My grandfather was Blue, my father is Blue (see MCIVTA 549 ‘Why Blue’) and so there is only one answer to the question of why I am Blue; It has been passed down from generation to generation like some ingrained expectation; “When you grow up son you’ll inherit all this – someday it will be yours”. At times it has seemed like an onerous burden (what other club would have sold Peter Barnes and spent that much on Steve Daley?) and at other times it has seemed as if no one else could touch what we have (that goal, that penalty shoot out, the 5-1 Rag beating).
I don’t remember my grandfather, he died on holiday in Austria when I was two. He was a farrier and ran a small business in Manchester. He was old enough to have enjoyed City’s successes of the 30’s and to know the hardships of the second world war. He was also lucky enough to have seen City’s next great period of success before he passed away in ’69.
My father didn’t see much of a future in fur (foresighted man that he is) and so didn’t take up the reins of the family business. In fact none of his brothers did either. Instead my father joined the Navy where he ran sea-going libraries and saw exotic places like Bahrain, Cape Town and Sydney.
During his time in the Navy we lived in the south where I was born in a house that backed onto the Naval Air Station (I’ve always had a soft spot for Pompey – but not their manager).
After he left the Navy my father took us back up north to exotic Audenshaw to live in the house the fur business had bought. I didn’t see City play at this time (about 1974) but I remember dad driving us past Rag HQ and looking at what seemed like the biggest structure I had ever seen with red all over it – had I known its significance I would turned to avoid my eyes falling upon this pagan place of worship.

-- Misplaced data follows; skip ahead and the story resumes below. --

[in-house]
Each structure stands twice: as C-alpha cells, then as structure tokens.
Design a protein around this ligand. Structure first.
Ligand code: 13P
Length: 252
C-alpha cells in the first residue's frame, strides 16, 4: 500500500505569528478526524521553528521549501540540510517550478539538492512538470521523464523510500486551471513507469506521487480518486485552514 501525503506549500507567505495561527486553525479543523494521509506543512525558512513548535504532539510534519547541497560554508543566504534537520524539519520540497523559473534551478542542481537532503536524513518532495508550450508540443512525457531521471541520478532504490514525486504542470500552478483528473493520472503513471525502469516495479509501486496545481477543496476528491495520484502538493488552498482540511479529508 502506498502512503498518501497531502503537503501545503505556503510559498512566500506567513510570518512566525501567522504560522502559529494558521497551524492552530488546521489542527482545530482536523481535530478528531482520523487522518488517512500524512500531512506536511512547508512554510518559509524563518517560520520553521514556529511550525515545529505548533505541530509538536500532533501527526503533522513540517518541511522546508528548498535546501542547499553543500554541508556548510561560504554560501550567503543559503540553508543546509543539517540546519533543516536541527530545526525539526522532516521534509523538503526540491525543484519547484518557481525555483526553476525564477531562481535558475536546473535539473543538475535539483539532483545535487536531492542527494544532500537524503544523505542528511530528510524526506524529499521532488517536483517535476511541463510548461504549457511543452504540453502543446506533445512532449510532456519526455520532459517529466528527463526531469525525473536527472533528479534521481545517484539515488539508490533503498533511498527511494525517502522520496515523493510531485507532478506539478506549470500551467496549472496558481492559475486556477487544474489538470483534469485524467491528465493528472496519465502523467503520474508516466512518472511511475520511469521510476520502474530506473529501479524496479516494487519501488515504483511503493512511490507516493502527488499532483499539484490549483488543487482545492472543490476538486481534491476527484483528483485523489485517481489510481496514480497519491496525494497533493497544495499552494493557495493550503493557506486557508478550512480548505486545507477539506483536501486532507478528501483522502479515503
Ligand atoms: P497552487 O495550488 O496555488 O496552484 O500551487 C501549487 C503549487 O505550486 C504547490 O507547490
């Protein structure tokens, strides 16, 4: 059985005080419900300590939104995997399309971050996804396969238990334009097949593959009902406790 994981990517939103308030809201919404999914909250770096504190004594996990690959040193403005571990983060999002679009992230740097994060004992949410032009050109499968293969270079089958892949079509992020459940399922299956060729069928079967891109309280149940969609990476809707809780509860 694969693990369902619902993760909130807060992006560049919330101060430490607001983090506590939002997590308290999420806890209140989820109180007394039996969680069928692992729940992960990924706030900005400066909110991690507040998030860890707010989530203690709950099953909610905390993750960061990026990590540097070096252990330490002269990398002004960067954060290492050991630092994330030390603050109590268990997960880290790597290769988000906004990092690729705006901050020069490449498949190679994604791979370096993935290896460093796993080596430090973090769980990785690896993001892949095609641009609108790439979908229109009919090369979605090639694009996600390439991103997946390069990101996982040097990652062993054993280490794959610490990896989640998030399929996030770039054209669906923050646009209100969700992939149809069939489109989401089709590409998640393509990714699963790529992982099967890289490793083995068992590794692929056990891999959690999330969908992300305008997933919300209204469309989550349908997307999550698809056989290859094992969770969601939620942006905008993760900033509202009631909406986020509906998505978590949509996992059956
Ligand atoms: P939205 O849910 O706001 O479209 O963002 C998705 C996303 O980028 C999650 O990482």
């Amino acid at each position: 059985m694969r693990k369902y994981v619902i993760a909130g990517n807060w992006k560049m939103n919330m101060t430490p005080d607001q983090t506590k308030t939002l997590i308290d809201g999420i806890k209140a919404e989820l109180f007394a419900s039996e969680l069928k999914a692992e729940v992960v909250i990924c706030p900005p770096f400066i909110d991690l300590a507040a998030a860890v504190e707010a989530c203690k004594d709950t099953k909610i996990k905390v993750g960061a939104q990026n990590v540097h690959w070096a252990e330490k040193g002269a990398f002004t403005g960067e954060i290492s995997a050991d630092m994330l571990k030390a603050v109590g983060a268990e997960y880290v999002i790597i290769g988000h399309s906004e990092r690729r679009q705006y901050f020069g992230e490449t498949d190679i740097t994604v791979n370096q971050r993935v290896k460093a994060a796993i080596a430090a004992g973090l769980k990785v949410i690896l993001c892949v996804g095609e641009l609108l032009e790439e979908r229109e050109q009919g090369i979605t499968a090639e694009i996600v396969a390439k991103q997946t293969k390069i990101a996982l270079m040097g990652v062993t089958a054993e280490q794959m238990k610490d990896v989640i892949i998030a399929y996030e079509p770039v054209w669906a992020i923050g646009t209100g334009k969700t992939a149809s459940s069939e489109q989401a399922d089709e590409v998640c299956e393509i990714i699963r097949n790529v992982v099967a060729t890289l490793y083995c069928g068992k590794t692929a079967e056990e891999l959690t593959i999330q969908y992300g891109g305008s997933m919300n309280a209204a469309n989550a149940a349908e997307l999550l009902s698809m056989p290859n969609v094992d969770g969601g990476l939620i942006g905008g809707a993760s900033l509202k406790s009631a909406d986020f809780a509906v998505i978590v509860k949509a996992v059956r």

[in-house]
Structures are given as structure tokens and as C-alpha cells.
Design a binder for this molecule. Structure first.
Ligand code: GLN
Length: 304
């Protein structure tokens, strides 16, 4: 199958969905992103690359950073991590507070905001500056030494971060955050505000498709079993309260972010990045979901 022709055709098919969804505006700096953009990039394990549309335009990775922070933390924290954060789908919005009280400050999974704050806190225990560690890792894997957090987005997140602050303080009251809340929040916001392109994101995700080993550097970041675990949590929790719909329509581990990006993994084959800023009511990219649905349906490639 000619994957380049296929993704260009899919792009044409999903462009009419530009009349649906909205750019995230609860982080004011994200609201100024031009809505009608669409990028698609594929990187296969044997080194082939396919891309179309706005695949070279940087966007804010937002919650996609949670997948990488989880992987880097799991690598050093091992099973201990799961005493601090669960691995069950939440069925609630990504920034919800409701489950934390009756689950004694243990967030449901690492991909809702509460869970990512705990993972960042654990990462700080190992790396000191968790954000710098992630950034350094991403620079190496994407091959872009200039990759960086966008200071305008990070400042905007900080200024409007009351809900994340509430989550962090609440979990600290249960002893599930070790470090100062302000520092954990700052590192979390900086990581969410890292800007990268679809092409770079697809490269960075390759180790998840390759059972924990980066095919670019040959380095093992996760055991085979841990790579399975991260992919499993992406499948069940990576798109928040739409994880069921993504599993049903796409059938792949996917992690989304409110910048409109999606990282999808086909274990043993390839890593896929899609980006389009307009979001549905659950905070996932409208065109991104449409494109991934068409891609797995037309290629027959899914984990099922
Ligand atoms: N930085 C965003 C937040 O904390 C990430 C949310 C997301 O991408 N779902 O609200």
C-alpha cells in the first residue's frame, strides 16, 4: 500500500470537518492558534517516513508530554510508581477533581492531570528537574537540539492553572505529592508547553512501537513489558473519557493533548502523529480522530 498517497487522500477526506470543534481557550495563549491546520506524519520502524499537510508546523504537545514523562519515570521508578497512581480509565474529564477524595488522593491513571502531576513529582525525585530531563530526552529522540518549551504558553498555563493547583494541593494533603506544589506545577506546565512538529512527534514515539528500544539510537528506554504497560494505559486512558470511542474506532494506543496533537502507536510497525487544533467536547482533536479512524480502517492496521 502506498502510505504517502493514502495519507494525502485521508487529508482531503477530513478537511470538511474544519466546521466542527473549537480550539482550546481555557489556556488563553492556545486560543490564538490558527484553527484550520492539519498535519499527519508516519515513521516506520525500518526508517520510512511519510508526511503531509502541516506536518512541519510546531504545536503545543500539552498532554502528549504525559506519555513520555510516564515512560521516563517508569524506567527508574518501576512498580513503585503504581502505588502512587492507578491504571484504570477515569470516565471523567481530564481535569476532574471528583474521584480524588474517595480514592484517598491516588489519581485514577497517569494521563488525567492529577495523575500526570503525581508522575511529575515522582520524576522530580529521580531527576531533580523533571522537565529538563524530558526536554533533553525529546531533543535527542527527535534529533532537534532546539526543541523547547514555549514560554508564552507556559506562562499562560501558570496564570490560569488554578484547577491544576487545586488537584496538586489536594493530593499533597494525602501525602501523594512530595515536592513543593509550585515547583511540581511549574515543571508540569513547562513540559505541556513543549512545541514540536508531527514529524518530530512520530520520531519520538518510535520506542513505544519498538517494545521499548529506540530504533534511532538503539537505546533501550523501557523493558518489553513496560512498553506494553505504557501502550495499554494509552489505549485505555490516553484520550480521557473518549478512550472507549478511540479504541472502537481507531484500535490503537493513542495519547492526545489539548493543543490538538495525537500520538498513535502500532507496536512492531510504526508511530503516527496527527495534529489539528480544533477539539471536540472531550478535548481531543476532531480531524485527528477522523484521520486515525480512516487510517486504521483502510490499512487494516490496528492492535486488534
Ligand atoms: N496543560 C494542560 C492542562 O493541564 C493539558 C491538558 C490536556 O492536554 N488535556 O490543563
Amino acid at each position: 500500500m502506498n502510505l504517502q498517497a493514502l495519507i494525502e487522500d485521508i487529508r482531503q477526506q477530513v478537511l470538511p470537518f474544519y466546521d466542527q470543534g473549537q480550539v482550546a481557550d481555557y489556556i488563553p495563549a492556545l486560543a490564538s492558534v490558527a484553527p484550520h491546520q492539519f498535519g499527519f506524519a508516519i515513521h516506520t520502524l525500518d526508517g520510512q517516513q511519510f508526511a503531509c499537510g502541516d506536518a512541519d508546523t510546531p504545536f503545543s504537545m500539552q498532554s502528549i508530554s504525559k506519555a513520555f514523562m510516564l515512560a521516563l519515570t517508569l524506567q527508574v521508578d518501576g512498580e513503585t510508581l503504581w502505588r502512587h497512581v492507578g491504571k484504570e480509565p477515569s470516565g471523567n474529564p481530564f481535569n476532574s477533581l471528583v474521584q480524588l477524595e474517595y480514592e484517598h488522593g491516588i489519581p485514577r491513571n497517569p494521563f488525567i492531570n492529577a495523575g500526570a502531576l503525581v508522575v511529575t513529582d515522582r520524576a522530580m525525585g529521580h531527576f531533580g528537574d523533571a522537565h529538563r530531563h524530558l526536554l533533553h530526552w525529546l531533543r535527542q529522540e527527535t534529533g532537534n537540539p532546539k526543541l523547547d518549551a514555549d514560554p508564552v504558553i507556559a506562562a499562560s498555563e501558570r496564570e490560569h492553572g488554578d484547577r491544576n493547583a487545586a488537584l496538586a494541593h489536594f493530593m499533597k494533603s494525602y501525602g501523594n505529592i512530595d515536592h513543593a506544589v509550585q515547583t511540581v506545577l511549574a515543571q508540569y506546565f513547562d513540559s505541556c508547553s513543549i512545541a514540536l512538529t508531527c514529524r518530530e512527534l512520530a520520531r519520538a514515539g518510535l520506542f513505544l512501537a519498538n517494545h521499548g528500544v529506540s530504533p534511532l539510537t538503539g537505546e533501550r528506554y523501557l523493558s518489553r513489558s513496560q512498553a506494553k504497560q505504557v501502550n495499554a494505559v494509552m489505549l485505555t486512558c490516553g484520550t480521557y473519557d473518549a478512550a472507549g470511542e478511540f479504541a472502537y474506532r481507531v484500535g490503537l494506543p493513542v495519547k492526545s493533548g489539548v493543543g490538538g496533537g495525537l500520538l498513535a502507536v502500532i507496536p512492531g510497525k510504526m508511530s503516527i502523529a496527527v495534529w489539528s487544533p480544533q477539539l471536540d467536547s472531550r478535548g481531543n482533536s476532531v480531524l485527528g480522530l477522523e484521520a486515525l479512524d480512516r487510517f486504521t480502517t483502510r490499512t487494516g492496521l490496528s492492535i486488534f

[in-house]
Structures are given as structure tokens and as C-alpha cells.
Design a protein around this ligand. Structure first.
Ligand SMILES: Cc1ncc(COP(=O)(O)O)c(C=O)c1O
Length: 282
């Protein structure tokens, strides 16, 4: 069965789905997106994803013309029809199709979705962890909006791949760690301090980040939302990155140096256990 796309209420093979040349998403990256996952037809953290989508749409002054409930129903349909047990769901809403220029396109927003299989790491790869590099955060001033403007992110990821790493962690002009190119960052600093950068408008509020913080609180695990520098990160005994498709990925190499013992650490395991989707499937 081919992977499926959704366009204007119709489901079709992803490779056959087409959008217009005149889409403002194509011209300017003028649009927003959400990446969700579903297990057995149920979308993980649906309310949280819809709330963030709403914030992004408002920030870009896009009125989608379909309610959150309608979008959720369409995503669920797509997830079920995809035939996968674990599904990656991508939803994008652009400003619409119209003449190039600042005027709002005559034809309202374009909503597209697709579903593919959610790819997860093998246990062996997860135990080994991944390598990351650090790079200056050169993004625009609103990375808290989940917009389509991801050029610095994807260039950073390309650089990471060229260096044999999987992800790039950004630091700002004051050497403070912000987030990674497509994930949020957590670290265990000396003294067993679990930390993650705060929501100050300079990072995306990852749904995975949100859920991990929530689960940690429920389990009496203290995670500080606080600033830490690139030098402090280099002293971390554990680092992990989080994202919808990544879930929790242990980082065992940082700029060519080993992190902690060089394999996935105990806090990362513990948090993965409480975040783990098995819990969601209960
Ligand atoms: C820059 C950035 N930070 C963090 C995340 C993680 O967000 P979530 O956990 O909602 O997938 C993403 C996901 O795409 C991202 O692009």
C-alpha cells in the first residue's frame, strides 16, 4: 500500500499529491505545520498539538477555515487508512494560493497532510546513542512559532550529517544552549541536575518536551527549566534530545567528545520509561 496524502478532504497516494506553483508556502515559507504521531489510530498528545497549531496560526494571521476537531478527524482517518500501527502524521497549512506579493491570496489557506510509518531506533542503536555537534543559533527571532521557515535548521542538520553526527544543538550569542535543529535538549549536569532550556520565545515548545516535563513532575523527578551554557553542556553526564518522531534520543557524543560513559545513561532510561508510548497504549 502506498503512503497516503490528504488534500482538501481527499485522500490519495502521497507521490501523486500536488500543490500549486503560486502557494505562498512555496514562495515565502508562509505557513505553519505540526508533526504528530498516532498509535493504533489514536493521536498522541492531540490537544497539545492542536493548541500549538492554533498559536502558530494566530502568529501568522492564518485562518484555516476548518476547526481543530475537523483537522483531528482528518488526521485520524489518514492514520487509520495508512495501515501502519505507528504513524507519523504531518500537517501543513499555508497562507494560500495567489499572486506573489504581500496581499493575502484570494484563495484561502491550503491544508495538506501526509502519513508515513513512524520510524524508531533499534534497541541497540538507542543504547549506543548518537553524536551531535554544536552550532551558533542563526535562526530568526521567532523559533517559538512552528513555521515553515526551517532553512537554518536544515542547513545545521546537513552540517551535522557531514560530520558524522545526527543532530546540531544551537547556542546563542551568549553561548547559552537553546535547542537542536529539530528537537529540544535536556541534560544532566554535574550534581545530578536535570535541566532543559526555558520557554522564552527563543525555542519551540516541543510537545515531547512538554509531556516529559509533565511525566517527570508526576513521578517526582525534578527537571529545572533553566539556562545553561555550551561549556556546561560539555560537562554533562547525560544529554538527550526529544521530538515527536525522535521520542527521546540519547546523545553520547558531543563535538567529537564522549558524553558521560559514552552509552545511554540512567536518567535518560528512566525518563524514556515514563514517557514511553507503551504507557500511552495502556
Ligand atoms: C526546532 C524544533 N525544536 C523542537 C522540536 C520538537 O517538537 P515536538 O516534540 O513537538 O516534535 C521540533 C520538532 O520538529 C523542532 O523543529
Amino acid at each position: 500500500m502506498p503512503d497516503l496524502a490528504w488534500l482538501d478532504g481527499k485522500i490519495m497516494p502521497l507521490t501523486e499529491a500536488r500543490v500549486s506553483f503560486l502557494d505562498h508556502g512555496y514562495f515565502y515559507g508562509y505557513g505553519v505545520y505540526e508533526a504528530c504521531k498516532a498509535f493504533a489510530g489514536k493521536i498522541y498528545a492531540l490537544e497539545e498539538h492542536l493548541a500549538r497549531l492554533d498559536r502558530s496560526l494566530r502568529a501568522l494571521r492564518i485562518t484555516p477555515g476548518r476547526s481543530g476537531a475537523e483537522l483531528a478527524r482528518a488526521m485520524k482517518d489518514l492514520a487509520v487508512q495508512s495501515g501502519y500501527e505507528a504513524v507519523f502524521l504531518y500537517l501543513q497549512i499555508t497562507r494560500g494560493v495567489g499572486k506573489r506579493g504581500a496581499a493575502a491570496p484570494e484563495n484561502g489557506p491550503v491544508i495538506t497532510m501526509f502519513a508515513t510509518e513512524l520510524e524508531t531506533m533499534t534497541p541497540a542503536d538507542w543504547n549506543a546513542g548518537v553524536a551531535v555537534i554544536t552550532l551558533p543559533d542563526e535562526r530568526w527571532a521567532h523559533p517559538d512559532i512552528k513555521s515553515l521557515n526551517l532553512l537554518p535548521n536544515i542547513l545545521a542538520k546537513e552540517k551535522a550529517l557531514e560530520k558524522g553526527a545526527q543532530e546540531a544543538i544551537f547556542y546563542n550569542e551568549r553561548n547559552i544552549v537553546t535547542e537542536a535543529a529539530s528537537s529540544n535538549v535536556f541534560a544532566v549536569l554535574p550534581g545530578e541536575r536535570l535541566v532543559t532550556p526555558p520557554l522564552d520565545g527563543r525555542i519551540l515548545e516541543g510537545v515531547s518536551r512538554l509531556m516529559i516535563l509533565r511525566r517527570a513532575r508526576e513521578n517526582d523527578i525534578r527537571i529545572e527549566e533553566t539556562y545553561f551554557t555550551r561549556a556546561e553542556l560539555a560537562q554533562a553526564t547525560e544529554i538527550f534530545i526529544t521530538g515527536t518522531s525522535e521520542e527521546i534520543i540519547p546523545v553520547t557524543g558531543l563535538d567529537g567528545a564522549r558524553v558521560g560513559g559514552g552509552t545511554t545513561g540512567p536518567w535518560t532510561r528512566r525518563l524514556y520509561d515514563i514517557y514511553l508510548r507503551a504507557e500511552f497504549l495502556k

Not long after this we moved to Australia with me a City supporter in name only. I had never seen them play and didn’t feel that real attachment that I know now.
Lucky for me my parents missed the old country too much and we were back in Manchester for the 1976-77 season. I will never forget my first game; City vs. Newcastle United at Maine Road. I was only 9 and I can remember looking across at the Kippax in awe at this seething ocean of City fans. I remember thinking that the match was fantastic, not even dreaming of how good it would be if City had actually scored (it ended 0-0). Score they did in the next match I saw; City vs. Derby County with Brian Kidd coming back into form with 2 goals in a 3-2 win over a side that included Roy McFarland, Charlie George and Kevin Hector. Our side boasted the likes of Kidd, Tueart, Donachie, Barnes, Hartford and Corrigan with Bell still on his way back from injury. In the twenty years since I don’t think City have produced a better side although the signs are there now that we can build a side like this again.